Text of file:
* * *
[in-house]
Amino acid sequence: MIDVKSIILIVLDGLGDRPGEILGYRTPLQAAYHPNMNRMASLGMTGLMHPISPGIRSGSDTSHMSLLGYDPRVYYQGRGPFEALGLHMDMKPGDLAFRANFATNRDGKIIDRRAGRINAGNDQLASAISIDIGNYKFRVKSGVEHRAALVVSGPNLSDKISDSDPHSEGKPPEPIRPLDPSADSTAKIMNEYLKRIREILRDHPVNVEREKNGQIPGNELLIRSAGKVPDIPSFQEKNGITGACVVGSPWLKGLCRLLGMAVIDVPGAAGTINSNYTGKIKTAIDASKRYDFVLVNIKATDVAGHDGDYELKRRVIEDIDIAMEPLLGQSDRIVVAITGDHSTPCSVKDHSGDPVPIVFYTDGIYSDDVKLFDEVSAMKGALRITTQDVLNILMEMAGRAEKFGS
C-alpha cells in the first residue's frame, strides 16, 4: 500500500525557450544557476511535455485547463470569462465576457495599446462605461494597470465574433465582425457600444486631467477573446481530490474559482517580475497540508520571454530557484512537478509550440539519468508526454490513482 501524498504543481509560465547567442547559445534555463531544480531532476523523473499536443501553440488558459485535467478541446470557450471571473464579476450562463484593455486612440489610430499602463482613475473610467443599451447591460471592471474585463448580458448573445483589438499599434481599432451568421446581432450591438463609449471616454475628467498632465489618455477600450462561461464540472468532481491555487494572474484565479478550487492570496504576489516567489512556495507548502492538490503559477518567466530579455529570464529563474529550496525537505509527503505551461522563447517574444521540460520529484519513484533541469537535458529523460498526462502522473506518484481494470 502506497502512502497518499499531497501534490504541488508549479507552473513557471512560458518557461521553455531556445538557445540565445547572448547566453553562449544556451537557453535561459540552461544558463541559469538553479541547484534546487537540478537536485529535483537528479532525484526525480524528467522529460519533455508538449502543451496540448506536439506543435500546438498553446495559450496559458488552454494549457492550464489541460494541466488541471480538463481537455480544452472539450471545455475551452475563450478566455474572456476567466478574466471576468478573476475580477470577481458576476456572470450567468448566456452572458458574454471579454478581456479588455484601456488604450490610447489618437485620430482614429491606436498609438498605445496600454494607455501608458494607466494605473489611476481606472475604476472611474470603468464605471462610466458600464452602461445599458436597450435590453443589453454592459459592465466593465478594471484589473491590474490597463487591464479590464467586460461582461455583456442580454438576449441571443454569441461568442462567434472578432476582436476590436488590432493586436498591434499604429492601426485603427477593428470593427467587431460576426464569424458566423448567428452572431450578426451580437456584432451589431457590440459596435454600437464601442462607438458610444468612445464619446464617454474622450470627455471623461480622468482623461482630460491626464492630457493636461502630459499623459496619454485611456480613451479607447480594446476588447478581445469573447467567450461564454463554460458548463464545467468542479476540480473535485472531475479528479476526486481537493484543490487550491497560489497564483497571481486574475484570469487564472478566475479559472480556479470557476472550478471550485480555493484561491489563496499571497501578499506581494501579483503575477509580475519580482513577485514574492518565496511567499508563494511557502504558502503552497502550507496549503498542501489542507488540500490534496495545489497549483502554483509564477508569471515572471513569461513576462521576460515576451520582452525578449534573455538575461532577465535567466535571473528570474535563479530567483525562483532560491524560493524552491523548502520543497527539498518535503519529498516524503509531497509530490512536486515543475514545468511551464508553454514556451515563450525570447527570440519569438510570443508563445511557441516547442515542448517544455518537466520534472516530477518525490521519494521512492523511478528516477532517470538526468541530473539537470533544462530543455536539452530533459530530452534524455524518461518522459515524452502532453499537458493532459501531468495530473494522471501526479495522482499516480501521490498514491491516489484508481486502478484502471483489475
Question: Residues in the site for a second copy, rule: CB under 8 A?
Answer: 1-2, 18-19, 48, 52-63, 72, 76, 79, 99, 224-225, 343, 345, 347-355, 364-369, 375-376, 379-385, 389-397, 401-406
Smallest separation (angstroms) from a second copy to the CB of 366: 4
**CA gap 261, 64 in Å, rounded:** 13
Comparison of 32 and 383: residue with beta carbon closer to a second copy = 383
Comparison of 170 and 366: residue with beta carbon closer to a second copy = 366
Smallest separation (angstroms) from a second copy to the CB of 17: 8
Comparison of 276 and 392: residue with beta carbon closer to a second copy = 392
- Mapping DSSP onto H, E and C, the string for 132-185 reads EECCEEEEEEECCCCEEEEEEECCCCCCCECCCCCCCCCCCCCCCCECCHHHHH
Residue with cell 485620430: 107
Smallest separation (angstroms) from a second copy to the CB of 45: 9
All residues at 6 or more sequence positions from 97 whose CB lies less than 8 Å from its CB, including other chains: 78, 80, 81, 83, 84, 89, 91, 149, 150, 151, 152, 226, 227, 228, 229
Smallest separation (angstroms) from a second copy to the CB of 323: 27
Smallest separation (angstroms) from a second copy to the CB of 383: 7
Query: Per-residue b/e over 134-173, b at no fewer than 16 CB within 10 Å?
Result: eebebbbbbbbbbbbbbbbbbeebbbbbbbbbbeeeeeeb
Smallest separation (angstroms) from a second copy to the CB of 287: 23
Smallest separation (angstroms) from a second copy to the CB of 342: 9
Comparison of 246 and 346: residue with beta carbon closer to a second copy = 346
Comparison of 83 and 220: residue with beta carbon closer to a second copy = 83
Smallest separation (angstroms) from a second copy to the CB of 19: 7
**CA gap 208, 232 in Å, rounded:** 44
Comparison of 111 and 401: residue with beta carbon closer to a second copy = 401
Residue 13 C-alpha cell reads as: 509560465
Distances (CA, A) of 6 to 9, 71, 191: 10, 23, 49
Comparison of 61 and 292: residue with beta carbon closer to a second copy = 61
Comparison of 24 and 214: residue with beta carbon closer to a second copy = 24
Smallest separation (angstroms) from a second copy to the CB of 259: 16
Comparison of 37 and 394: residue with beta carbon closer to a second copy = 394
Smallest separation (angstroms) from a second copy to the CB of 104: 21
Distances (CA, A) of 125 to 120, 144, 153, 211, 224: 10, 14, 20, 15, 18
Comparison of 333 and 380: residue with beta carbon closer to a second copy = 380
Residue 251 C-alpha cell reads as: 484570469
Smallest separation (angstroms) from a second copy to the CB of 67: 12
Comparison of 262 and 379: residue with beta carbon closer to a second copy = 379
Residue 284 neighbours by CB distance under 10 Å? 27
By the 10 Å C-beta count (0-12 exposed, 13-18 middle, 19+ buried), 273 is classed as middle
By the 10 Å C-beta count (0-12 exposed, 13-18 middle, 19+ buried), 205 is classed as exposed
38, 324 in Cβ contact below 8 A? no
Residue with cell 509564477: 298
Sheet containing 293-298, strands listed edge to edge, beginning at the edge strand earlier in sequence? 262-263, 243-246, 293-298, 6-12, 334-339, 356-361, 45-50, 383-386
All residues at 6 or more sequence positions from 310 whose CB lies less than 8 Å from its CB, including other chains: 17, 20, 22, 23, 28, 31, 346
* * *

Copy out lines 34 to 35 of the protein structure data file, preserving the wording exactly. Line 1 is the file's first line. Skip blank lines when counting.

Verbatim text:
Distances (CA, A) of 125 to 120, 144, 153, 211, 224: 10, 14, 20, 15, 18
Comparison of 333 and 380: residue with beta carbon closer to a second copy = 380